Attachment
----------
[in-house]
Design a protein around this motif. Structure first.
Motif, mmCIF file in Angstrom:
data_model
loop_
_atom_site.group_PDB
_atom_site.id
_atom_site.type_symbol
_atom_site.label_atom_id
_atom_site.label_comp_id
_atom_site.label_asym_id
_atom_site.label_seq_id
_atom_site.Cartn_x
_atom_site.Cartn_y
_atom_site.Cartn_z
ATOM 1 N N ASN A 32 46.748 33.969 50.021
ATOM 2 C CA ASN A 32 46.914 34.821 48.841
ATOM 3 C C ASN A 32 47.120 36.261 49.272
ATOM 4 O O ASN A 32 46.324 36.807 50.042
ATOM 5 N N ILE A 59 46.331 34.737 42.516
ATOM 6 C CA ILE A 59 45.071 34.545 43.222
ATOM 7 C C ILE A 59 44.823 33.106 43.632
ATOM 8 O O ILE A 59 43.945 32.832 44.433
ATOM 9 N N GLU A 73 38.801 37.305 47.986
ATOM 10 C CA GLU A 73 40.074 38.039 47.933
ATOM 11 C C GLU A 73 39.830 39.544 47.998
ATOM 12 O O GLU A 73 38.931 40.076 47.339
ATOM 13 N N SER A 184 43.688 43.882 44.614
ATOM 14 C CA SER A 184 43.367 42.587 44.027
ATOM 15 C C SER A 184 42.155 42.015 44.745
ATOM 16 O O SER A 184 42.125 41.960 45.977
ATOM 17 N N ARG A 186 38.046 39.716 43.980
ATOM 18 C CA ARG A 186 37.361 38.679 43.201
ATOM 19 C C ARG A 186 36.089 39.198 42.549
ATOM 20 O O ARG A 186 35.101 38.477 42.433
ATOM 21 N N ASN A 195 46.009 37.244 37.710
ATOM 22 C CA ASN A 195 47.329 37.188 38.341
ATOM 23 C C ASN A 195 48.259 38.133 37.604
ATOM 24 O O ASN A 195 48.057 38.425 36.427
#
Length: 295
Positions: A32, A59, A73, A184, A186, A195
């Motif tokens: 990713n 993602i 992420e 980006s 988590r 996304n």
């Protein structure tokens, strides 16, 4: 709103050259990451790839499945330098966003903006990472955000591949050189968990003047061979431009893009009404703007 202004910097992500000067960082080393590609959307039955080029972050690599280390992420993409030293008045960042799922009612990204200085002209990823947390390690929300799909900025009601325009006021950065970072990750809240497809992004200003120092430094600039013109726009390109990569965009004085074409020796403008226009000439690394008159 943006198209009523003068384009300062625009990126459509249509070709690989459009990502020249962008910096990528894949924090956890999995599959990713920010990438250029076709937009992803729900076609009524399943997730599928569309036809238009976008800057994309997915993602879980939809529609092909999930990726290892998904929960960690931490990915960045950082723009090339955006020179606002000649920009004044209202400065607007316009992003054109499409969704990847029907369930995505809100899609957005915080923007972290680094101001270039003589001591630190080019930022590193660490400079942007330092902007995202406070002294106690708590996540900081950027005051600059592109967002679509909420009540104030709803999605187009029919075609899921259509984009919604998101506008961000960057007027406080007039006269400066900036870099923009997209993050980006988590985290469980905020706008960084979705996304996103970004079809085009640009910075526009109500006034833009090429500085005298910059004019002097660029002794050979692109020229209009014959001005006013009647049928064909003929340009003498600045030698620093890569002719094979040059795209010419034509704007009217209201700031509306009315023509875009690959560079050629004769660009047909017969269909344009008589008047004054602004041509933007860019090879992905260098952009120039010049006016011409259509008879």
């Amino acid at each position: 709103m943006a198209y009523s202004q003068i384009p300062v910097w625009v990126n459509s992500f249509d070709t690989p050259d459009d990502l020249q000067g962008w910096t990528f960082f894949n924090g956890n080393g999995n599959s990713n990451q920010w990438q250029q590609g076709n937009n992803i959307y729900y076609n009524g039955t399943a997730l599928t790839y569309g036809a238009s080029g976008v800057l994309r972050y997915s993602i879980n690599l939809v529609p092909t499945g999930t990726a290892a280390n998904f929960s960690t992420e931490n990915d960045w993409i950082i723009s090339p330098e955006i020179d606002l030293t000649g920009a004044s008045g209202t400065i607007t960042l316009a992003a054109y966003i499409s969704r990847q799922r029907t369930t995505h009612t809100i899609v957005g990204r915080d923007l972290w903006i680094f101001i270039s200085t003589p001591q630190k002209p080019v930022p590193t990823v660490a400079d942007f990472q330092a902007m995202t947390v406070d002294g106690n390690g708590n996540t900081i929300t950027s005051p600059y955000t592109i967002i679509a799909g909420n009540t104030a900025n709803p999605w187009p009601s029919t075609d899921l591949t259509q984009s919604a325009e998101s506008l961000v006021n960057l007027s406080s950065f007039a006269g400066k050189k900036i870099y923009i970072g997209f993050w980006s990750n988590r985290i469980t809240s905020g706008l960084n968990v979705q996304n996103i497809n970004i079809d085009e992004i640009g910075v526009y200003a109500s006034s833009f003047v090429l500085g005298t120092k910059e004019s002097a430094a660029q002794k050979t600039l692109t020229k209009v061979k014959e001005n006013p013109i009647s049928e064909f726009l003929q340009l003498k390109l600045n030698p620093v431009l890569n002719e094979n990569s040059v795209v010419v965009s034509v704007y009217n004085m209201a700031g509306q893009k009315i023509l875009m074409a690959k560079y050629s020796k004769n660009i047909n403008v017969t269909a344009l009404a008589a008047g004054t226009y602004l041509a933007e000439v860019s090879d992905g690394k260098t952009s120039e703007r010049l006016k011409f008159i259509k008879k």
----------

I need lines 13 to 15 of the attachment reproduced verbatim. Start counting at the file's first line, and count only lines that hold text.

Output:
_atom_site.Cartn_x
_atom_site.Cartn_y
_atom_site.Cartn_z